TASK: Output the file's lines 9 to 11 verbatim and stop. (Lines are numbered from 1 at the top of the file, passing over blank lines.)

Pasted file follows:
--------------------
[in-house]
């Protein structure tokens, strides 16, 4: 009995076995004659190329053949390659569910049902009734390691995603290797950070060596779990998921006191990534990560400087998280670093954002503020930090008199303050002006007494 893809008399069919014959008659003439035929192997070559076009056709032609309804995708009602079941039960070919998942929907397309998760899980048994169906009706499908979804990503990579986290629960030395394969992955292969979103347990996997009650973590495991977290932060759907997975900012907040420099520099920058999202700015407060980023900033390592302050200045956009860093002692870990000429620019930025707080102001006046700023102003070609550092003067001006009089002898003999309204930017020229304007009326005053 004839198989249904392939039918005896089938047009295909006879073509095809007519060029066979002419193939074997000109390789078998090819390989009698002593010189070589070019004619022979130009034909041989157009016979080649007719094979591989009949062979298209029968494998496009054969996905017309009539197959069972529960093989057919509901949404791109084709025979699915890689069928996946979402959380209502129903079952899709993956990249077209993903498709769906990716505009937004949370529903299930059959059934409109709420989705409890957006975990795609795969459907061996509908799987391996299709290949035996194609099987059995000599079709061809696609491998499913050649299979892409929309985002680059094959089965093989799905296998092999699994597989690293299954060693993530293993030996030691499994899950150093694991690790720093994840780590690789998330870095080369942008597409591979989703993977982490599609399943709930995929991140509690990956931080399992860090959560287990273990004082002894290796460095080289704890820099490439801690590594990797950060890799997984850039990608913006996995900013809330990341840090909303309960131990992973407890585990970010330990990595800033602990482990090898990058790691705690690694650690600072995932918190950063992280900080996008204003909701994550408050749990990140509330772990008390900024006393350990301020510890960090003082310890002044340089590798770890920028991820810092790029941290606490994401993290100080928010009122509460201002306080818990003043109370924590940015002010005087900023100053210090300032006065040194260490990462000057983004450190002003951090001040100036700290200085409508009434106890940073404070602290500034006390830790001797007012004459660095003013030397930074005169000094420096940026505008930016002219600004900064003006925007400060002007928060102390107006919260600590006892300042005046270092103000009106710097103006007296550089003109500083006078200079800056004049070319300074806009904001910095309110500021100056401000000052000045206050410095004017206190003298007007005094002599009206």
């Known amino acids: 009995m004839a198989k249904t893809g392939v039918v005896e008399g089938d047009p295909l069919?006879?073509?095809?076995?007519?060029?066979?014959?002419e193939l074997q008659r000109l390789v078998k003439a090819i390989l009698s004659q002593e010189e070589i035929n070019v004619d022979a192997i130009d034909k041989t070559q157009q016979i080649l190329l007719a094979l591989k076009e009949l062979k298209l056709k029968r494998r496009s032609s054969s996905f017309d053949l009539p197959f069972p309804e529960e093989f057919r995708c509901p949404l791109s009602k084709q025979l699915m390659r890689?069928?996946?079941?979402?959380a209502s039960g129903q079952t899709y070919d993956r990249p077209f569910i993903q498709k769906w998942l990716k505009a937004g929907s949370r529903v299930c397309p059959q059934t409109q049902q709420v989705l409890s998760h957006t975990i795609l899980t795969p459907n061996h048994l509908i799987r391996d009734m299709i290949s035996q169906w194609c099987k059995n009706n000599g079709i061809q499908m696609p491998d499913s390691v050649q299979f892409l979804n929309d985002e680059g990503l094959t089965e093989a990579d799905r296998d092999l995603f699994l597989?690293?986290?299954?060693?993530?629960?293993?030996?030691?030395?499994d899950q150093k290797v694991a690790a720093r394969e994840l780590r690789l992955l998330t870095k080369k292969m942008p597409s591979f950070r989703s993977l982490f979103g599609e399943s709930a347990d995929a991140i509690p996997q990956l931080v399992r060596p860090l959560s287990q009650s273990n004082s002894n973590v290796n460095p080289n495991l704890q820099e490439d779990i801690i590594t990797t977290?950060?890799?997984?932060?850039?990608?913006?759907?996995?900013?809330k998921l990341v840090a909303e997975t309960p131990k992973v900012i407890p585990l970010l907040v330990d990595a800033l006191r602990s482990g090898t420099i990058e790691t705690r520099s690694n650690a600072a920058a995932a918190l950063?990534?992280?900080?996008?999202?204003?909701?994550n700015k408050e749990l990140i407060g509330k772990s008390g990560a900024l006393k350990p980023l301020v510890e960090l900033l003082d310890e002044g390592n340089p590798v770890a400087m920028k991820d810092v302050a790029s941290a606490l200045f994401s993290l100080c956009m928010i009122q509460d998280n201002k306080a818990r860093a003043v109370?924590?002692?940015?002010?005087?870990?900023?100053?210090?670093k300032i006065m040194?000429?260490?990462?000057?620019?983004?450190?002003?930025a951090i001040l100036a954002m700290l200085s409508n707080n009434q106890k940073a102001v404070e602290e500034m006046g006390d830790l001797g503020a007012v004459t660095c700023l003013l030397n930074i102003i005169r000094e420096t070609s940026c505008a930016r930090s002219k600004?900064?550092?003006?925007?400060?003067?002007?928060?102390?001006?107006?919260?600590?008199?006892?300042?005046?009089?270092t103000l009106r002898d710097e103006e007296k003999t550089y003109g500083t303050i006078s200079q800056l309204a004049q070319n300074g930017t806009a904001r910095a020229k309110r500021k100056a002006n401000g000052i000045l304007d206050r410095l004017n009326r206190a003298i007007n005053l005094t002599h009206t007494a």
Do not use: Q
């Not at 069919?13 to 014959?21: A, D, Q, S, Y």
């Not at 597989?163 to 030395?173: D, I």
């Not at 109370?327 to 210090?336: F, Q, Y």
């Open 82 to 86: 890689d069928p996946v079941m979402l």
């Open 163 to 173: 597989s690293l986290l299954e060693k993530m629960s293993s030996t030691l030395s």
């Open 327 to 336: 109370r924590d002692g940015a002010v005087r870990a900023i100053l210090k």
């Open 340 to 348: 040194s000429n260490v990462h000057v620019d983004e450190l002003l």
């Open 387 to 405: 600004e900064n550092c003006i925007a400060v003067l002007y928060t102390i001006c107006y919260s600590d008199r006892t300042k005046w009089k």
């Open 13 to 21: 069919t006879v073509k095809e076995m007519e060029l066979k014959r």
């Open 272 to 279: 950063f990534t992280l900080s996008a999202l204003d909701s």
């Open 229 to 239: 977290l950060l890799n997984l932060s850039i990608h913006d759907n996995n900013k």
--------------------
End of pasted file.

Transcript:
């Open 163 to 173: 597989s690293l986290l299954e060693k993530m629960s293993s030996t030691l030395s």
């Open 327 to 336: 109370r924590d002692g940015a002010v005087r870990a900023i100053l210090k």
């Open 340 to 348: 040194s000429n260490v990462h000057v620019d983004e450190l002003l």